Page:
Riding high in the driver’s seat. Your gaze through the windshield is aimed high. Noise embraces you, from the roar of the diesel engine working its way through the gears to the scores of voices behind you merged into a cacophony of chatter.
You’re a school bus driver. You’re on the clock. Your eyes keep moving from mirror to mirror, never straying far from the street surface and the next intersection. Nothing feels better than an empty bus at the end of a run. That’s because you made it through another trip unscathed. You safely delivered scores of kids to school or back home.
It’s a job where you can succeed six times a day, yet garner little notice until the nightmare you don’t want – an accident.
I was a school bus driver in Minneapolis for a mere six months while between writing jobs. I worked for a school district contractor as a part-time driver, similar to the vast majority of school bus drivers in the metropolitan area.
My morning routes were to Seward Elementary, Washburn High and Folwell Middle School. In the afternoon, I took a different group of Seward kids home, then headed to Dowling elementary and ended the run with a busload from Sanford Junior High.
It’s hardly an easy job. The stress of it often required a nap between the morning and afternoon runs. Yet, the more you succeeded, the more comfortable you became with the big rig, your place on the road and even the daily unpredictable drama provided by the precious cargo you’re responsible for.
Who does this kind of thing? Men and women working multiple jobs; some who’ve retired but need that extra check to make ends meet and single parents (predominantly women) who find school bus driving a fairly good fit with life’s many other responsibilities. The crew of drivers I worked with included Latino, African-American, Somali, Ethiopian and Asian men and women. That’s a huge factor in a city where we take the melting pot to school.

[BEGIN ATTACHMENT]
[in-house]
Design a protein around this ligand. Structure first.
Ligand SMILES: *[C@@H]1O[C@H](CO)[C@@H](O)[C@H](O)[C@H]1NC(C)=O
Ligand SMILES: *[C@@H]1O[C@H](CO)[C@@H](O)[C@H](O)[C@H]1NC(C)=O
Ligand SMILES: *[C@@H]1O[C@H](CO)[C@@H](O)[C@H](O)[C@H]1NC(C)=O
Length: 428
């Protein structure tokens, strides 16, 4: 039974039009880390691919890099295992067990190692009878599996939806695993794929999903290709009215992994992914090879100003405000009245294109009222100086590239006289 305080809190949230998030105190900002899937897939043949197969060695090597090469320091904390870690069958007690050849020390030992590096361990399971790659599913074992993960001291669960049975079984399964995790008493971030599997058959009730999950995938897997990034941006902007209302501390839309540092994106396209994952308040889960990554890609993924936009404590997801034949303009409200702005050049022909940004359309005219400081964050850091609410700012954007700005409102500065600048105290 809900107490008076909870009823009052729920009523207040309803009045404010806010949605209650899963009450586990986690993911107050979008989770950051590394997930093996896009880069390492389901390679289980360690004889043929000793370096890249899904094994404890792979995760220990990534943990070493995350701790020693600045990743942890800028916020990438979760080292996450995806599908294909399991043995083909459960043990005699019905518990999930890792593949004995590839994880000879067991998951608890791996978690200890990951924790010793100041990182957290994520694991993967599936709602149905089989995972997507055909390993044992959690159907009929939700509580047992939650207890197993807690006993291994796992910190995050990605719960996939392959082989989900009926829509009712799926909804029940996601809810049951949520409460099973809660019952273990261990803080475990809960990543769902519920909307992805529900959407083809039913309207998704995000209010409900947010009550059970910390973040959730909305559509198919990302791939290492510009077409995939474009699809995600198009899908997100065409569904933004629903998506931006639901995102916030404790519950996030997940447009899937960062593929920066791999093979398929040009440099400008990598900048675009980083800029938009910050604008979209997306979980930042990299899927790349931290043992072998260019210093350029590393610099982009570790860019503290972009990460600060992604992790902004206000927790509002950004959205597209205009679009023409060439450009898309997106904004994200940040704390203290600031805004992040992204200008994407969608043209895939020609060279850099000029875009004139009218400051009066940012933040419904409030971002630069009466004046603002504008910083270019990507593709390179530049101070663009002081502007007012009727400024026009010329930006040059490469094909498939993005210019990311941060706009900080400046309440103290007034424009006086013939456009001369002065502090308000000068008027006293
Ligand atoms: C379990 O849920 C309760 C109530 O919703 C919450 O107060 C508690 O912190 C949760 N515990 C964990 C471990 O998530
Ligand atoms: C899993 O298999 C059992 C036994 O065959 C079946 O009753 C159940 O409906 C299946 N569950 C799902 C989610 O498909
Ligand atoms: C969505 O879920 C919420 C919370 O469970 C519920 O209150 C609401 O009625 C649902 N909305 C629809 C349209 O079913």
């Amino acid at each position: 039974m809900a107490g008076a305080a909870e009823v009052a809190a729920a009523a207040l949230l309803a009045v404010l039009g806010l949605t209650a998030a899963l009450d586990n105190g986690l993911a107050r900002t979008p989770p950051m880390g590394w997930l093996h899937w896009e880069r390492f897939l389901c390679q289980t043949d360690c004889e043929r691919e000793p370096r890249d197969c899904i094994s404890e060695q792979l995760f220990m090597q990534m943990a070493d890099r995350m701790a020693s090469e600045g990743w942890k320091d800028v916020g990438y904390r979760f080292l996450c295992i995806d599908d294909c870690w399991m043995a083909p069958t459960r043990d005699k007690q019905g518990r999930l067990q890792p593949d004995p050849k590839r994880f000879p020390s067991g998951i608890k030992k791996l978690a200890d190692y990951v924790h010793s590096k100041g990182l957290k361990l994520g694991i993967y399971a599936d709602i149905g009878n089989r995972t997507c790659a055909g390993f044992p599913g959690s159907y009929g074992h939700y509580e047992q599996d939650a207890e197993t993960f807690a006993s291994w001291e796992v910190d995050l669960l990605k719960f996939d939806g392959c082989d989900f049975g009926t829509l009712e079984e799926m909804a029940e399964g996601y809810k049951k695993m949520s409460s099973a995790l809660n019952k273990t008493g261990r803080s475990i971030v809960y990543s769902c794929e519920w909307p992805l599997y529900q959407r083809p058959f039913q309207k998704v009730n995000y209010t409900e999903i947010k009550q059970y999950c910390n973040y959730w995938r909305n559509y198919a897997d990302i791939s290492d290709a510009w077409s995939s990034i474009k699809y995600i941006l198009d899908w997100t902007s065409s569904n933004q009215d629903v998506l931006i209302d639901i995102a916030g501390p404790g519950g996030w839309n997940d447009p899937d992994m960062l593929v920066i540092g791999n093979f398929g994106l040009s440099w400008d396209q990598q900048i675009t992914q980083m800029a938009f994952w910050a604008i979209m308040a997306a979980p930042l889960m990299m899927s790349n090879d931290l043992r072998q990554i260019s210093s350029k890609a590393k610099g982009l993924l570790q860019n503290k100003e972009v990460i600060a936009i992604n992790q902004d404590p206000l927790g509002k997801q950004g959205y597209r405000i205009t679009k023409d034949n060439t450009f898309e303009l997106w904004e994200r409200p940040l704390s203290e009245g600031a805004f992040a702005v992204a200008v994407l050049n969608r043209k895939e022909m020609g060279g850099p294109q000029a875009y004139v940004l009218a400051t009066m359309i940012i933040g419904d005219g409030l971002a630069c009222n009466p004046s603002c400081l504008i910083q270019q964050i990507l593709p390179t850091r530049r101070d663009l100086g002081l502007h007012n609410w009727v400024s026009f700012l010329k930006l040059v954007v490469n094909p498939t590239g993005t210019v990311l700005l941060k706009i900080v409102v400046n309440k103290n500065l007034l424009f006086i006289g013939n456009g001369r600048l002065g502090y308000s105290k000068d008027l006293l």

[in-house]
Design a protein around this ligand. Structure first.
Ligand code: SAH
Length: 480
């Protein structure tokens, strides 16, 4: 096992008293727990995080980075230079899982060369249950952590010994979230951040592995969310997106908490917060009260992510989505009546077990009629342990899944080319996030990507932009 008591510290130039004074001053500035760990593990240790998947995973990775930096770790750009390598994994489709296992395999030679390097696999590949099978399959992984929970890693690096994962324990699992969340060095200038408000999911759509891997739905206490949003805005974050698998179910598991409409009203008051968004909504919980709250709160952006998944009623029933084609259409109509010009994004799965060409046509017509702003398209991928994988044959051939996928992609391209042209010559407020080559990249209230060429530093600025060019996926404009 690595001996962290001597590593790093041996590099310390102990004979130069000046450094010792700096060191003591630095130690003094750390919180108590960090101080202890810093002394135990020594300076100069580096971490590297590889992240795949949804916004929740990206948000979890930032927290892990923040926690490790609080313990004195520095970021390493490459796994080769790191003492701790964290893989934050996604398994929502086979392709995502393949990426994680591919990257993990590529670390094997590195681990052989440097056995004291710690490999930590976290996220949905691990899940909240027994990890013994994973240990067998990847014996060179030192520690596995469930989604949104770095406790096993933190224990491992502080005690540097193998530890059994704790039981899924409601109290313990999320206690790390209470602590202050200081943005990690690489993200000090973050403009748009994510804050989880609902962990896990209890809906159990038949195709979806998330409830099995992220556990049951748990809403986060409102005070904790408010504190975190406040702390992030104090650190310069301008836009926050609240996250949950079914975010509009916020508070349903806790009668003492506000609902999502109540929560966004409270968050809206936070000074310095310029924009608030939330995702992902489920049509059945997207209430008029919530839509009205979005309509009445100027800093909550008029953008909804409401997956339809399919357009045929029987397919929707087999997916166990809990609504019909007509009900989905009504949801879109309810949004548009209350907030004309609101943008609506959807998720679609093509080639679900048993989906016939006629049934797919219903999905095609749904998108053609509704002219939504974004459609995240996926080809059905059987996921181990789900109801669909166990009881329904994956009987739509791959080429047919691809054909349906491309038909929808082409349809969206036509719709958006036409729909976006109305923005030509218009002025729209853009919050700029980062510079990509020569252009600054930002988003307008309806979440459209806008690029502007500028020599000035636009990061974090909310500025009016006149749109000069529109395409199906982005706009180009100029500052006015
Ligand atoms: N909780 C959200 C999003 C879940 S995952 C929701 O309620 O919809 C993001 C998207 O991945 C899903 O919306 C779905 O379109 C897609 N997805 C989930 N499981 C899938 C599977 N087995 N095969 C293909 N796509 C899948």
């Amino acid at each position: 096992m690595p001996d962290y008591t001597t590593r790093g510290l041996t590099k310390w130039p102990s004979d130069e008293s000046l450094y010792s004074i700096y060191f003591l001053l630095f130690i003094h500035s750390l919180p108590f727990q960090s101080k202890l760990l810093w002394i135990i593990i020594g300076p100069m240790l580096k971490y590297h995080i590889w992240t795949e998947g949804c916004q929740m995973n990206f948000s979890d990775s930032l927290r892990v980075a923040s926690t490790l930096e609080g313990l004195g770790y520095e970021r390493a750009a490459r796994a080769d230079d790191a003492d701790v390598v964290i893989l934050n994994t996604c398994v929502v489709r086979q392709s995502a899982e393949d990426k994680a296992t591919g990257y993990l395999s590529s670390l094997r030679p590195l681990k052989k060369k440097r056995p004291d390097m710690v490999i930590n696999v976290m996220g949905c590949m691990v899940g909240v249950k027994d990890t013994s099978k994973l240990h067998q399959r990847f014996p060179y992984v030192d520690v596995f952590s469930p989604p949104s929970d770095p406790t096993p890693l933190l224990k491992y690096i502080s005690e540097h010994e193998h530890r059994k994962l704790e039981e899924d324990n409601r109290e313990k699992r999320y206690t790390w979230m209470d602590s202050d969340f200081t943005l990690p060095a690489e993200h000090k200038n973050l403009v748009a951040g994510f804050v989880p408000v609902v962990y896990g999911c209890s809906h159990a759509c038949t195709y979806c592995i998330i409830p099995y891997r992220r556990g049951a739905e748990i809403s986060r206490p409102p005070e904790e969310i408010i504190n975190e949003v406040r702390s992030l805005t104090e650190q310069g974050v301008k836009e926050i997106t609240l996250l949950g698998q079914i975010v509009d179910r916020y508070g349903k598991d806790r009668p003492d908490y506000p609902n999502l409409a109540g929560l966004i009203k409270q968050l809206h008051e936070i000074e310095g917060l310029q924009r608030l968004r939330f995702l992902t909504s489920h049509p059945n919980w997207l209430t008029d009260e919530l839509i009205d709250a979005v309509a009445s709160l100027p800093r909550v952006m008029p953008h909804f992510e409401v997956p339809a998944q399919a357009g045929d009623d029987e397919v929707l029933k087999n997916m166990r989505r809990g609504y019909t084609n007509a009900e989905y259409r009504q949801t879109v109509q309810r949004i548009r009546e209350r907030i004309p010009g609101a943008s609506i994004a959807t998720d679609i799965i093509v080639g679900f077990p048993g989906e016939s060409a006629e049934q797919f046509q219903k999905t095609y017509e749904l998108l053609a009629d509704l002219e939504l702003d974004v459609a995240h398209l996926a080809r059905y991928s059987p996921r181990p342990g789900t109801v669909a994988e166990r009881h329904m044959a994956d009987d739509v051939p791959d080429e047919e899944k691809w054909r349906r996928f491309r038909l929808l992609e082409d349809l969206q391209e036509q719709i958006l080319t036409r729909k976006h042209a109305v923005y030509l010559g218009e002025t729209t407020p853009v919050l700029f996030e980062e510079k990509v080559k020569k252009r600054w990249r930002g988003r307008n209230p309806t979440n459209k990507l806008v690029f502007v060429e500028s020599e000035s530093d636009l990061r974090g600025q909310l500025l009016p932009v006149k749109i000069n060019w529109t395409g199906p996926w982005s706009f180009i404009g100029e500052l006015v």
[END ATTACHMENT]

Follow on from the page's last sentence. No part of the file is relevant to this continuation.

A driver’s pay starts ridiculously low for the responsibility of the job but can move to $15 an hour and up, depending if one keeps at it. The most experienced drivers get first pick on the routes and an opportunity to drive charters for after school activities and field trips. It’s a job that will help you pay the bills, but offers little wealth accumulation. The drivers who are school district employees are likely covered by union contracts providing higher pay, job security and far more benefits.
It’s hardly a cakewalk to land a job. You must pass a physical and a drug test before you even set foot in a training class. An OK from the state Bureau of Criminal Apprehension is also required. In my case, as a one-year Minnesota resident, I was finger-printed and had to pass a criminal record check from my former home in Michigan. Federal law allows the employer to randomly screen drivers for drugs and controlled substances.
My training covered about 50 hours (at $6/hour), most of it on-the-road with an experienced driver. A couple of days in the classroom reviewed state regulations, rules of the road specially written for the school bus and bus driving etiquette. It takes constant practice to learn how to safely maneuver those big yellow taxis on city streets and freeways; how to park; how to safely pick students up and drop them off; when to use the four-way and eight-way signals; backing out of a parking lot and basically using your head to avoid TIGHT situations.